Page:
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When it comes to insurance, jewellers have been forced to rethink their financial safeguards — whether it be accounting for the coverage associated with staff working from home more often or remaining conscious of the impact of an increased digital presence on their business.
When it comes to insurance, jewellers have been forced to rethink their financial safeguards — whether it be accounting for the coverage associated with staff working from home more often or remaining conscious of the impact of an increased digital presence on their business.

Peace of mind: Jewellery insurance under the microscope

Insurance might seem like a mundane administrative task to many business owners. SAMUEL ORD explains why it’s an important part of successful trading.

Jewellery is used to memorialise significant events, mark important personal milestones, and symbolise life-changing relationships.

Understandably, many people experience emotional devastation when an important piece of jewellery is lost or damaged. That damage is magnified further when a significant financial loss is factored into the equation.

It’s an unfortunate fact of life that many people will experience this at one stage or another.

Similarly, the businesses that create and sell these personal treasures — jewellery retailers — are also susceptible to an emotional and financial ordeal in the unlikely event of a robbery, property damage, or unforeseen misfortune.

Over the past six months, Jeweller has extensively documented changes in the Australian jewellery industry over the past decade.

These changes have not only impacted businesses and consumers. They’ve also transformed the relationship between businesses and/or consumers and insurance providers.

Sophie Hudson, Accounts Manager at Jewellers Block Insurance
Sophie Hudson, Accounts Manager at Jewellers Block Insurance
"Jewellers also need to ensure that their security is being updated with modern technology and is not falling behind"
Sophie Hudson, Kalin Insurance Services

Said another way, traditional forms of risk management have evolved for jewellery retailers and business owners.

When it comes to insurance, jewellers have been forced to rethink their financial safeguards — whether it be accounting for the coverage associated with staff working from home more often or remaining conscious of the impact of an increased digital presence on their business.

Under-insurance remains a significant risk for jewellery stores.

In simple terms, under-insurance occurs when you don’t have enough insurance to cover the replacement value of the insured items. 

Most people and/or businesses that have found themselves under-insured do so because they haven’t appropriately calculated the current replacement value of their property and revenue.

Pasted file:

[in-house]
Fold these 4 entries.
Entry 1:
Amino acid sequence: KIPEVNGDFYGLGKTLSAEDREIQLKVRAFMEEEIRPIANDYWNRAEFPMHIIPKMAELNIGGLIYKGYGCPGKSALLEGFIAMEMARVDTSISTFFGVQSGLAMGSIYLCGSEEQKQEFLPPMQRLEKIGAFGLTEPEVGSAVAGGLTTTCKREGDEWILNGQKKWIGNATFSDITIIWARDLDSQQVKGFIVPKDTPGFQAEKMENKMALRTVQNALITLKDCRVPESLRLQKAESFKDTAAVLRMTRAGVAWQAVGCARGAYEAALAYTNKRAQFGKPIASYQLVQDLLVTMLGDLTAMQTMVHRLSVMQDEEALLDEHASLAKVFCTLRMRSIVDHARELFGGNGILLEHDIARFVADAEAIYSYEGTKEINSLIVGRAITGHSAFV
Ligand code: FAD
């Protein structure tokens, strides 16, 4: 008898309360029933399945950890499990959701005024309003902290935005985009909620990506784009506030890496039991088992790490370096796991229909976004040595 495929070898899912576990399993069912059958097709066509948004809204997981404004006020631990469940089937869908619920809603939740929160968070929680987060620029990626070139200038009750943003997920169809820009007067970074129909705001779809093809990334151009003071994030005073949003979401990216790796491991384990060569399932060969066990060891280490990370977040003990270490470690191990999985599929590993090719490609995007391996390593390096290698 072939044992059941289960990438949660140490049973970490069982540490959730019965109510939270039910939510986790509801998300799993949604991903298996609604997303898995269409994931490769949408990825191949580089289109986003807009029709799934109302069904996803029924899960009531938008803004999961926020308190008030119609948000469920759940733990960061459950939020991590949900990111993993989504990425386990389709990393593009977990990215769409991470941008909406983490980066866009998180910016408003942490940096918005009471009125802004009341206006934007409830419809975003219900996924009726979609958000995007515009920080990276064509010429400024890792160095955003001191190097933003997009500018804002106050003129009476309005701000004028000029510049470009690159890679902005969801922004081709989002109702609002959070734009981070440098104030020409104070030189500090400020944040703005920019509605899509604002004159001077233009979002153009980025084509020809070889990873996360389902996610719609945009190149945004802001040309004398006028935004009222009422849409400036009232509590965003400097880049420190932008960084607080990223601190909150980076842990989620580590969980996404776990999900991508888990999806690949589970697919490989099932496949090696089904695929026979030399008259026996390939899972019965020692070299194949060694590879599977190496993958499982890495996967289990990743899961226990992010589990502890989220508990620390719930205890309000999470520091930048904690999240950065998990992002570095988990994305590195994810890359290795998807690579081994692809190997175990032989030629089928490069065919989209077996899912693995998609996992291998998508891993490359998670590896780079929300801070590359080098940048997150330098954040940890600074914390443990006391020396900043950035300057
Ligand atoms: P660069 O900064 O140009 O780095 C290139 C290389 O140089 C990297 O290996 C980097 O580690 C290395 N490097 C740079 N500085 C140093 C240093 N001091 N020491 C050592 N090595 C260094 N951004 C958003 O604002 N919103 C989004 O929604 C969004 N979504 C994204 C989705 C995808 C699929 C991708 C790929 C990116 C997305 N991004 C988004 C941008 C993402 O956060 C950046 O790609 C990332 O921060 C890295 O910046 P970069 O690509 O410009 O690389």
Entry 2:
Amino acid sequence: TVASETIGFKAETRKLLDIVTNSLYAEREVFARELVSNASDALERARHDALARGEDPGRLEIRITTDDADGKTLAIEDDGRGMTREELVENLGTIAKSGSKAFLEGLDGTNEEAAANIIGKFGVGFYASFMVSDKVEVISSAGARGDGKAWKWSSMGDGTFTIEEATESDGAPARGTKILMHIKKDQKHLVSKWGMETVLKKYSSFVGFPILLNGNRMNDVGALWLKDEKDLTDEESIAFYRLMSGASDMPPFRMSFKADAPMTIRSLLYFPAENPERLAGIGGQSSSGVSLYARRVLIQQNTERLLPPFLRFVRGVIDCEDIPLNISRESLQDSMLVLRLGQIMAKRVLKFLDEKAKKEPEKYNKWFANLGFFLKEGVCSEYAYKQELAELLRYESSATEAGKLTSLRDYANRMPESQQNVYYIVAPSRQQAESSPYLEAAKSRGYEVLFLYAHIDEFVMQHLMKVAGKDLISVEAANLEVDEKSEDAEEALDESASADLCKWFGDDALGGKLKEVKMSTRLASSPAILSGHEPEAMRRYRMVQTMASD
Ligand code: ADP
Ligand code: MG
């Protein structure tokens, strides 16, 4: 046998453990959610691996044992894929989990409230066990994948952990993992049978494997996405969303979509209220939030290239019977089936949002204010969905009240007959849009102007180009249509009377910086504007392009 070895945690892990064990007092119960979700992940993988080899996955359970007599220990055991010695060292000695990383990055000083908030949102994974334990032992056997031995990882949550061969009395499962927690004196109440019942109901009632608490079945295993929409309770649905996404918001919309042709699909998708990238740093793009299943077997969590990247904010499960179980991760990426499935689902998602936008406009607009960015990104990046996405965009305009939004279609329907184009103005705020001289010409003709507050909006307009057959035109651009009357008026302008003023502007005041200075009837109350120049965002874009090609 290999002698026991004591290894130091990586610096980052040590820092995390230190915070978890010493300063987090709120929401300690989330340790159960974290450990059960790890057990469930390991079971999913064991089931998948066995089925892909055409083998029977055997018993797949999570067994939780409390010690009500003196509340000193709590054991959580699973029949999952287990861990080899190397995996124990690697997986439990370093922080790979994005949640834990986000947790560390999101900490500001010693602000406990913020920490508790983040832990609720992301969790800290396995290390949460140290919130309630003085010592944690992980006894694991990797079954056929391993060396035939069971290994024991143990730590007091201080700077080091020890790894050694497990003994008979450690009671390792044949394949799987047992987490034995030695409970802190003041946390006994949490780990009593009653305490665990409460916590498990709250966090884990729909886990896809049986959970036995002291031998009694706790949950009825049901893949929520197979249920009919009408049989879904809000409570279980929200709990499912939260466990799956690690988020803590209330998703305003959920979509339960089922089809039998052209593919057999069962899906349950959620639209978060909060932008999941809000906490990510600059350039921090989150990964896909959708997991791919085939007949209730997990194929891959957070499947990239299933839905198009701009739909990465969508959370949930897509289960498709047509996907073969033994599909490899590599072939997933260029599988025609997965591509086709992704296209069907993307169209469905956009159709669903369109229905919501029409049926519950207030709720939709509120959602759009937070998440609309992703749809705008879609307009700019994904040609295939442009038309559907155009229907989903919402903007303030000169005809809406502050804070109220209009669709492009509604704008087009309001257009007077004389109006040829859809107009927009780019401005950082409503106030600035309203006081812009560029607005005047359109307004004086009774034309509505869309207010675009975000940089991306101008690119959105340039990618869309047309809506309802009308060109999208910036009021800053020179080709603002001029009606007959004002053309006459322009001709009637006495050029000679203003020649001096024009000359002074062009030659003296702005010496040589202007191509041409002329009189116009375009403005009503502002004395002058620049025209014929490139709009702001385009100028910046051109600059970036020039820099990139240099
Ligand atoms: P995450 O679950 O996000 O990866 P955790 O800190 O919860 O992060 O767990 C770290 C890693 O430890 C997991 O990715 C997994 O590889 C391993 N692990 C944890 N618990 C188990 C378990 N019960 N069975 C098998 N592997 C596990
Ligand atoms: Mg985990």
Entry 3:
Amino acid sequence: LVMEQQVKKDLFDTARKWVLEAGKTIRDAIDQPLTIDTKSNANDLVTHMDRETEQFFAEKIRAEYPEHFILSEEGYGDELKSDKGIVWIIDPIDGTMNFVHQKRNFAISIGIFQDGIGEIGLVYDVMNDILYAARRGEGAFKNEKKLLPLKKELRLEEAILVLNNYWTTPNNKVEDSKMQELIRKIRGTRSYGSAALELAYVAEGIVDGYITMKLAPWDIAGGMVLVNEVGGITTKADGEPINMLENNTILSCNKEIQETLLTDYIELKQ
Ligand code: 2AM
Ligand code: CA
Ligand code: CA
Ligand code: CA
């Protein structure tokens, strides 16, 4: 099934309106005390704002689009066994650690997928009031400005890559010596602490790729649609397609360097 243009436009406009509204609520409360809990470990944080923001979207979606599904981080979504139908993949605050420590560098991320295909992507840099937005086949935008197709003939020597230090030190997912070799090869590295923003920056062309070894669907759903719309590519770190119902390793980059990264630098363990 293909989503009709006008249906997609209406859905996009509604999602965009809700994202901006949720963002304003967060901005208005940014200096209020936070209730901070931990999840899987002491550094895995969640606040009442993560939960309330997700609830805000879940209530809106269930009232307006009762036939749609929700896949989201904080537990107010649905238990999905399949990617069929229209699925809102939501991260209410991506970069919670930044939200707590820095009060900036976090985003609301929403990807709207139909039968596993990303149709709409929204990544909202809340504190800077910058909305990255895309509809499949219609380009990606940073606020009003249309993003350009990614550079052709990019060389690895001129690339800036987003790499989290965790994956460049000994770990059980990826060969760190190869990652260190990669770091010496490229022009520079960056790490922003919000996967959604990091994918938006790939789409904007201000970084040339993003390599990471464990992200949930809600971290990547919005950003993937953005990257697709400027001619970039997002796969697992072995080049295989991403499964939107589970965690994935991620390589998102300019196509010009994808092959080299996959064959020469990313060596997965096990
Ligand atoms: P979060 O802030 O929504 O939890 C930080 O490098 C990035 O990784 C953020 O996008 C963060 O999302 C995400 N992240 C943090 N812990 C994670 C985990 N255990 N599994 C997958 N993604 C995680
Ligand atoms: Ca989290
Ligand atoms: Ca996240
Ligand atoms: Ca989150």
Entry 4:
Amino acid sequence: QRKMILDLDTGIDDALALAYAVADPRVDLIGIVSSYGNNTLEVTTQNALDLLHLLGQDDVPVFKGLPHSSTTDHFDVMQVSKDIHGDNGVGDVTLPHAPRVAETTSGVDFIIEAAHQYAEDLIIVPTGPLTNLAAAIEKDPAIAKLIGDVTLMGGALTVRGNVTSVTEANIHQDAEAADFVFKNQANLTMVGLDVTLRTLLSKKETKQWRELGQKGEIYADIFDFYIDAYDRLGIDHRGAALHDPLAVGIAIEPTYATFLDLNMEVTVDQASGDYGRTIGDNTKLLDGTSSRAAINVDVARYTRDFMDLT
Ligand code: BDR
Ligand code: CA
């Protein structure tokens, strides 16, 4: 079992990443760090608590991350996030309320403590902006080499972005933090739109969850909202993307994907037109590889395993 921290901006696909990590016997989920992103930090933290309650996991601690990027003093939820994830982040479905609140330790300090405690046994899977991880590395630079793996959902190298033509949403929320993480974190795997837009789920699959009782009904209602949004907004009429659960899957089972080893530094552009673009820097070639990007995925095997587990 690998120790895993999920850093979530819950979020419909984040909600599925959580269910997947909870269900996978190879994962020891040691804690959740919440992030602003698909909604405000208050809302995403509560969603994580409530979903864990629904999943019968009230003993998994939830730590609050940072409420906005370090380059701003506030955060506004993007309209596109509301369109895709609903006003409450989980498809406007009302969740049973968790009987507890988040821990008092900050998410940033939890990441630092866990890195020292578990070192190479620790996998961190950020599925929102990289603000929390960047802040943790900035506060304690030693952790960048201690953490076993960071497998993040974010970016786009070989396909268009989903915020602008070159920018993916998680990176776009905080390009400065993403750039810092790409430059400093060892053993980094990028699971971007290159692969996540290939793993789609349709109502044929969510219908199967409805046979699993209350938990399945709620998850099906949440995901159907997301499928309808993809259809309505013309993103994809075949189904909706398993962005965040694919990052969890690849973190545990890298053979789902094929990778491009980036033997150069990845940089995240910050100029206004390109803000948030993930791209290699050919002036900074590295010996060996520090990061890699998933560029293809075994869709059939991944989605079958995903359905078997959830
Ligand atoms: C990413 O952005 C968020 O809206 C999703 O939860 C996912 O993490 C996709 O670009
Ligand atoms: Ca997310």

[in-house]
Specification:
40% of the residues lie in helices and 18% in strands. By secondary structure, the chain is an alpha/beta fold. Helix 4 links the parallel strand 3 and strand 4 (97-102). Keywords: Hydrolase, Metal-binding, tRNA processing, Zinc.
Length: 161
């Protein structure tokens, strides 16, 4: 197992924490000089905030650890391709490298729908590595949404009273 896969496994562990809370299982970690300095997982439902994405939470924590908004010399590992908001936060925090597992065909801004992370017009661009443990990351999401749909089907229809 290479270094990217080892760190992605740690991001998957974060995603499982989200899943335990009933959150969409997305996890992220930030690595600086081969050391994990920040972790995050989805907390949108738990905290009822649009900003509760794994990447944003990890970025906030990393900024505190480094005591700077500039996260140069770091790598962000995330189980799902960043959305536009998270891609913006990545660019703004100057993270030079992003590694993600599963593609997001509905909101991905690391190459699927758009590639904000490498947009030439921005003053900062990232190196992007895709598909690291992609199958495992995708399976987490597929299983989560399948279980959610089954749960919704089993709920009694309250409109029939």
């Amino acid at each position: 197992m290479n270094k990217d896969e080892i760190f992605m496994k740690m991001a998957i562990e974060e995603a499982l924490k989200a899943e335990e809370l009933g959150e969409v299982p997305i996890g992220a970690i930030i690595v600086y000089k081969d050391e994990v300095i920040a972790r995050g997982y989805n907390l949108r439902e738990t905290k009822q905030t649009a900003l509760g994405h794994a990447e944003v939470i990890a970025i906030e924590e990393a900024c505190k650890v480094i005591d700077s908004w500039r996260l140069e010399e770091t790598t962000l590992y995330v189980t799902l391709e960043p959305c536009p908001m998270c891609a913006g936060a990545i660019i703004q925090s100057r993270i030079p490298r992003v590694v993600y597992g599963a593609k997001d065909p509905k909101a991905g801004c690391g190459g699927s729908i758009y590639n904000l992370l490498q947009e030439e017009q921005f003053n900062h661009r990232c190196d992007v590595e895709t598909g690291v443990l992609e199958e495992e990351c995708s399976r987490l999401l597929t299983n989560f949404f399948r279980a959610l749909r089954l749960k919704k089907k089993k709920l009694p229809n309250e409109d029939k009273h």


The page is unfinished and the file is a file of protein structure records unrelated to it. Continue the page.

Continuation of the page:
Kalin Insurance Services provides Jewellers Block Insurance, offering businesses coverage in a range of areas.

Discussing the evolving relationship between jewellery and insurance, Account Manager Sophie Hudson believes that with inflation driving up the cost of raw materials and rebuilding expenses soaring, businesses need to ensure that their sums insured are adequate in the event of a loss.

“If a business does not have adequate insurance coverage, they risk closure of their store after a loss. Jewellers also need to ensure that their security is being updated with modern technology and is not falling behind,” she says.

“During economic downturns or periods of financial instability, an increase in theft and property crimes occur as individuals seek ways to obtain quick cash or valuable items; being aware of the current financial climate is a critical aspect of any risk management plan.”

Crime and punishment

Surprisingly, studies about the connection between periods of economic downturn and crime have produced mixed results.

A study by the Congressional Research Service in the US analysed the relationship between crime and the economic downturn since 1960 and found no indisputable correlation.

With that said, the logic is difficult to refute: in times of economic turmoil, people will turn to illicit means of income out of desperation.

This was particularly evident during the COVID-19 pandemic when incidents of crimes targeting retail businesses and employees consistently made national headlines.

As recently as March, a Victoria Police spokesperson attributed a significant increase in retail thefts to rising cost-of-living pressures.

Alexander Thornton is the founder of Quantum Underwriting Agencies, offering Jewellers Block Insurance and coverage for private collections. He is also conscious of the impact crime can have on business owners. 

“Jewellers face constant threats from crime, from small snatch-and-grabs to full-scale armed robberies,” he explains.

Alexander Thornton, Founder & Executive Director at Quantum Underwriting Agencies
Alexander Thornton, Founder & Executive Director at Quantum Underwriting Agencies
"In service industries such as insurance, you can’t afford not to pay attention to these developments as you strive to be as efficient and effective as possible."